Affinity fraud, while it has been around a long time, is on the rise. The problem with it is that is covert.
What is affinity fraud?
An affinity fraud is a scam that preys upon members of identifiable groups. These include religious, elderly, ethnic, and professional groups.
Today of course the internet is an added advantage for the crooks.
People that instigate the scams are often invited into the group or even respected members of the group.
Part of the reason that more is not known about the scams is that often groups are ashamed at having been taken.
Many times the schemes that are used are forms of “Ponzi” schemes. These are programs whereby “investment payoffs” are made by newer members’ fees to join the “program.”
The “genius” of an affinity scheme or of affinity fraud is that it uses the trust within the group to make people feel safe and also to make them feel as though they are getting something special unique to being in the group.
The “investments” are almost always used for personal use by the person pulling the scam.
How can I avoid being the victim of affinity fraud?
It is important to check out everything. Often part of the basis of the scam is the expectation for you to believe in the person who told you about it simply based on who they are.
If something sounds too good to be true it probably is. Investments that offer terrific, short-term and dramatic profits rarely do. If the return is guaranteed or “risk-free” that should be a warning signal.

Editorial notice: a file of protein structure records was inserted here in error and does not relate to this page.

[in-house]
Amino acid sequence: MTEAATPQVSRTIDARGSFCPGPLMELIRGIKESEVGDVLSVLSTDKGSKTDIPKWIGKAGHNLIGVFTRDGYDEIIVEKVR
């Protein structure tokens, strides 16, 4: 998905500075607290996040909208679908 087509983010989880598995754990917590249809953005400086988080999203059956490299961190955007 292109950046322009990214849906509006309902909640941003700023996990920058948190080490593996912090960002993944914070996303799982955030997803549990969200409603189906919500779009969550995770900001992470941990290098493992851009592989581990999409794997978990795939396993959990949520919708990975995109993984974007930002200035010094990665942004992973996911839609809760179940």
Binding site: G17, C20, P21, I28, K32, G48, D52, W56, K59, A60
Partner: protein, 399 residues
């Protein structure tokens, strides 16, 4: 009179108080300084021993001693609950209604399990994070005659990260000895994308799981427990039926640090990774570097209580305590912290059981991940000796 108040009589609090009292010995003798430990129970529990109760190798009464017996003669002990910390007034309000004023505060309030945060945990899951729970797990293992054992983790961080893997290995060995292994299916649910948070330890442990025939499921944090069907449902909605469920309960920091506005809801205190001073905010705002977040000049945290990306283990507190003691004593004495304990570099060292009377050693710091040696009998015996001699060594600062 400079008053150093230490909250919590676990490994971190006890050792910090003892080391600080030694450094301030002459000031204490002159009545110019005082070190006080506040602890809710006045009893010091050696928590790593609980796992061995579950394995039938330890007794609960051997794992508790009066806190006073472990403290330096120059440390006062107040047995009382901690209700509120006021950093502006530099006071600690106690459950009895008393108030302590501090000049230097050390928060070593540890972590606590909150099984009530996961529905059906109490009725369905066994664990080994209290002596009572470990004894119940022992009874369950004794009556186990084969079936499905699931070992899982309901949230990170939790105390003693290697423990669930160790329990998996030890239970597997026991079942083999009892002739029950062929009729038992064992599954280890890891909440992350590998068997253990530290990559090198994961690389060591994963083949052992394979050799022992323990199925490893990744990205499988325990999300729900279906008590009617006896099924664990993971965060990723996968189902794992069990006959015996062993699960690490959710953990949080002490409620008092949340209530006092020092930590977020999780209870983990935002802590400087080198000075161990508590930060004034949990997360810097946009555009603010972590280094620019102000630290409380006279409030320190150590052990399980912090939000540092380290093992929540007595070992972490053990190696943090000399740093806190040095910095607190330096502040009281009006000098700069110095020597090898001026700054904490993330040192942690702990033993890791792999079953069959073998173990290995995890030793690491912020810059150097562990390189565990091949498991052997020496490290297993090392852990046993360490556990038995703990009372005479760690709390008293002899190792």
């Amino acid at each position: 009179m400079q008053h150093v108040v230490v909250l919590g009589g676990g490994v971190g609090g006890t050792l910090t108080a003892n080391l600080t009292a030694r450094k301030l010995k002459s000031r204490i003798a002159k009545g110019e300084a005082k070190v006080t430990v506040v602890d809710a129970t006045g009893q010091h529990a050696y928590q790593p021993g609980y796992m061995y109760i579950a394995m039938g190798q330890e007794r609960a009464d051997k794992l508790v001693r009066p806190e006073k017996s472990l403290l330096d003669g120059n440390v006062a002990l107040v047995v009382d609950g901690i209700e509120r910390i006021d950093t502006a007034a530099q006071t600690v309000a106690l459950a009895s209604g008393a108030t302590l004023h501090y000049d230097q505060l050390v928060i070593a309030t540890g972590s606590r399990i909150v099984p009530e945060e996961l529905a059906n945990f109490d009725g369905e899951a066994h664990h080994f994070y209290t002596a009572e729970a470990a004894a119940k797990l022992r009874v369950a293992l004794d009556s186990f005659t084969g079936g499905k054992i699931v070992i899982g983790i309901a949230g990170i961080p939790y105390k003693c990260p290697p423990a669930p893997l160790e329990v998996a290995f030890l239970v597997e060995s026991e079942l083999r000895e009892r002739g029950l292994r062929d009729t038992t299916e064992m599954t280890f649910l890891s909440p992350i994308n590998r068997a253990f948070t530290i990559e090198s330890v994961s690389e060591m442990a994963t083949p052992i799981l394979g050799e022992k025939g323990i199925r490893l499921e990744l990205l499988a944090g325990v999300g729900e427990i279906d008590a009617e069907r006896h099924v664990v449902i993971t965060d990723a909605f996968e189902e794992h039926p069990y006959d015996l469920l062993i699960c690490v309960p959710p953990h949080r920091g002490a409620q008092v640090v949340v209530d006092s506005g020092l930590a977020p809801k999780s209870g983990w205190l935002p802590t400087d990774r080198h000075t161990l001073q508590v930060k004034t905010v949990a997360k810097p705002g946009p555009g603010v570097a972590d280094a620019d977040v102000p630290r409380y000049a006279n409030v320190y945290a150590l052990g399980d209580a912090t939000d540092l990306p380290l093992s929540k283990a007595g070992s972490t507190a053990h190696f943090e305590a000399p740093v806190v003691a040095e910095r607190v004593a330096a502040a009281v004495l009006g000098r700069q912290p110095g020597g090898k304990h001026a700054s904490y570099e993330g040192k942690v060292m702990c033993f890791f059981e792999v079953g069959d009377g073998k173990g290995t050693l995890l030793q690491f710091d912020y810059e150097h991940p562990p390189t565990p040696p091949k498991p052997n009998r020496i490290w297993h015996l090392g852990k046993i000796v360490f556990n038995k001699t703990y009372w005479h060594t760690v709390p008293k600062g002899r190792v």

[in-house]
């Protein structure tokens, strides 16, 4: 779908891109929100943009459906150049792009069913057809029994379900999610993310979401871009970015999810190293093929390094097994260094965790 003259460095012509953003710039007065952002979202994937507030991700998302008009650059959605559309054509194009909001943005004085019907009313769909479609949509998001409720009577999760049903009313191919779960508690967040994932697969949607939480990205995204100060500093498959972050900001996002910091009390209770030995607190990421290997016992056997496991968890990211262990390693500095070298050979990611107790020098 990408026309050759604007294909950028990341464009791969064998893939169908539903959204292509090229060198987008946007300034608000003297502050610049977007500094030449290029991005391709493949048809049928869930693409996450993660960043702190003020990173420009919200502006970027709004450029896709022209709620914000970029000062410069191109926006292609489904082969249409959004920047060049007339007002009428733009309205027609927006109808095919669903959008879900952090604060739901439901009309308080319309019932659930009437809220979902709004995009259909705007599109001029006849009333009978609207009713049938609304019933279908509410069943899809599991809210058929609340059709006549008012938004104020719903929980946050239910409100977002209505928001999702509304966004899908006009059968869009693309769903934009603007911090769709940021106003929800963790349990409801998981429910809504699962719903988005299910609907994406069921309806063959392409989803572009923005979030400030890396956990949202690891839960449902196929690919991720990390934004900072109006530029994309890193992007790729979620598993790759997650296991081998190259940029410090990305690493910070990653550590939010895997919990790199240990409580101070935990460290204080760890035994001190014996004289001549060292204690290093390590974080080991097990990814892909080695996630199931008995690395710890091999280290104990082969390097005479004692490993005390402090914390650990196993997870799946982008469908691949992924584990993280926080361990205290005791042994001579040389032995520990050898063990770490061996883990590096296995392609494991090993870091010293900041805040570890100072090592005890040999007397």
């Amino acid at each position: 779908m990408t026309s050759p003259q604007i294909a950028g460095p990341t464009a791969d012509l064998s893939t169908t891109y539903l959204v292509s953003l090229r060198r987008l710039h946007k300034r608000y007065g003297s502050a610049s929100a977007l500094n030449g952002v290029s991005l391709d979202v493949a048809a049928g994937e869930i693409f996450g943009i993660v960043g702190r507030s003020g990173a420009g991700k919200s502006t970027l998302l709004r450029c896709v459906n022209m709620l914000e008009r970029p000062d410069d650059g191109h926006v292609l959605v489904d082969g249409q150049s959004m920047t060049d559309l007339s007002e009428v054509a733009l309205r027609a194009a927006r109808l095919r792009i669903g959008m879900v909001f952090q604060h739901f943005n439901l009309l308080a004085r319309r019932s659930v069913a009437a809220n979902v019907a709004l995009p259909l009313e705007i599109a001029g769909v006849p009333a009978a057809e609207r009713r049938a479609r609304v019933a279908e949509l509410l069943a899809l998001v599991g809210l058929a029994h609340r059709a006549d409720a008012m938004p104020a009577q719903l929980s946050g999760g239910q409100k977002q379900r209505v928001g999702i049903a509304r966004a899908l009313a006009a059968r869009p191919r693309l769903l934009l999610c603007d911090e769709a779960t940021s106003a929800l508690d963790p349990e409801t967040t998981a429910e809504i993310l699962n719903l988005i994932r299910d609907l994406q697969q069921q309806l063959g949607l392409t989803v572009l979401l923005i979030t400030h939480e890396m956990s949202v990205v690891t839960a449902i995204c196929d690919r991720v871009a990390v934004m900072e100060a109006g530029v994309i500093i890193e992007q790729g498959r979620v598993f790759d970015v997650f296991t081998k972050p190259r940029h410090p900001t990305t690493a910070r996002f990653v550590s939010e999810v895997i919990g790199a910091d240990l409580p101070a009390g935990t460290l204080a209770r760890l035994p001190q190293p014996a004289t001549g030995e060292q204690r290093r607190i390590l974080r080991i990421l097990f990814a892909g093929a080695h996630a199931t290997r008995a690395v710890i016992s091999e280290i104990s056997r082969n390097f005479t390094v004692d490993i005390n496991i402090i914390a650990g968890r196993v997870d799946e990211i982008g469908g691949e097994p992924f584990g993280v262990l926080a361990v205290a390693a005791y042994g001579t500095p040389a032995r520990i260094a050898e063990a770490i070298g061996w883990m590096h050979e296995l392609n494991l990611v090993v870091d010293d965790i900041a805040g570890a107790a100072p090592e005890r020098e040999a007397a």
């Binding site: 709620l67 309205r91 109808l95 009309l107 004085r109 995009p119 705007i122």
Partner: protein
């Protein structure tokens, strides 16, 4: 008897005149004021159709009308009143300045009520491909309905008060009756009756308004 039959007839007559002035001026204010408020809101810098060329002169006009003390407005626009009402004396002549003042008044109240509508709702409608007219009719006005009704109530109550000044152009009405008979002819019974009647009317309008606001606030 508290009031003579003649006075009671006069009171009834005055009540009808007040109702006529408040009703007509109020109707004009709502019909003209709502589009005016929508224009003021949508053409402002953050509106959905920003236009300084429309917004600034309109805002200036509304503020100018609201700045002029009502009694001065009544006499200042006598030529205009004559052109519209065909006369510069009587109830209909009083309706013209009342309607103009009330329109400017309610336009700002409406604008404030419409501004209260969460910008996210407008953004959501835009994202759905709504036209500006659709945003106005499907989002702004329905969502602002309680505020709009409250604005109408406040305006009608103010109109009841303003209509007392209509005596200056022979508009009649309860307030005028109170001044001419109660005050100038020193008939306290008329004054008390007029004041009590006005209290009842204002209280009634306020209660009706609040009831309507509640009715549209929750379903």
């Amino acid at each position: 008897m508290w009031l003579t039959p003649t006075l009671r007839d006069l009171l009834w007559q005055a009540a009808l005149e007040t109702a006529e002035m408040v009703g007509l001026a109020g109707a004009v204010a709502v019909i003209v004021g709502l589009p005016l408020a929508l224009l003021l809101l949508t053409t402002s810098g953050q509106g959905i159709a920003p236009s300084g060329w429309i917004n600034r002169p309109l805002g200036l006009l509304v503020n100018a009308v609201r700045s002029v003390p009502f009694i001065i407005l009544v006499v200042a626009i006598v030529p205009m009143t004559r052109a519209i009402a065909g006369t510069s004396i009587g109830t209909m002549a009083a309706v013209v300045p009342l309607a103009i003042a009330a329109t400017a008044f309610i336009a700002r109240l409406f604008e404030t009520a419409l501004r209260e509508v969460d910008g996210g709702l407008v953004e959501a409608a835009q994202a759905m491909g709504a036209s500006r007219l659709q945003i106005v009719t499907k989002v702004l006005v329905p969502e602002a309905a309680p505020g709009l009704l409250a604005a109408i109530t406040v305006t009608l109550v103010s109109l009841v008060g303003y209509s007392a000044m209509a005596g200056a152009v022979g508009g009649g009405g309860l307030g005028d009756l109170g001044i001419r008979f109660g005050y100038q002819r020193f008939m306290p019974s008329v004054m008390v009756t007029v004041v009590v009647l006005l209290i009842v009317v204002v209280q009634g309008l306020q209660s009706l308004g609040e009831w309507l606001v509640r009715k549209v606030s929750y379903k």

If an investment is not documented in writing don’t get involved in it. If people want to give you different excuses like “There isn’t time because we’re too busy making money” avoid the situation.
If there is the least bit of pressure or a “one time only” mentality, don’t get involved.
What type of damage can be done by affinity fraud?
Just a few examples of groups being swindled include 125 members of various church organizations losing $7.4 million. These folks were sold shares of “prime bank” trading programs.
$2.5 million was stolen from Texas senior citizens. These people were told to liquidate their holdings so they could reinvest them in something that would pay more. They simply stole the money.
More than 1,000 Hispanic investors may have lost more than $475 million. While the investors were told that the funds were being put into safe investments, they were, in actuality being put in very risky investments and being lost.
Never underestimate the brilliance of crooks. When they are stopped in one way they will always come up with another plan.
“Affinity Fraud: How To Avoid Investment Scams That Target Groups,” Fact Sheet, SEC
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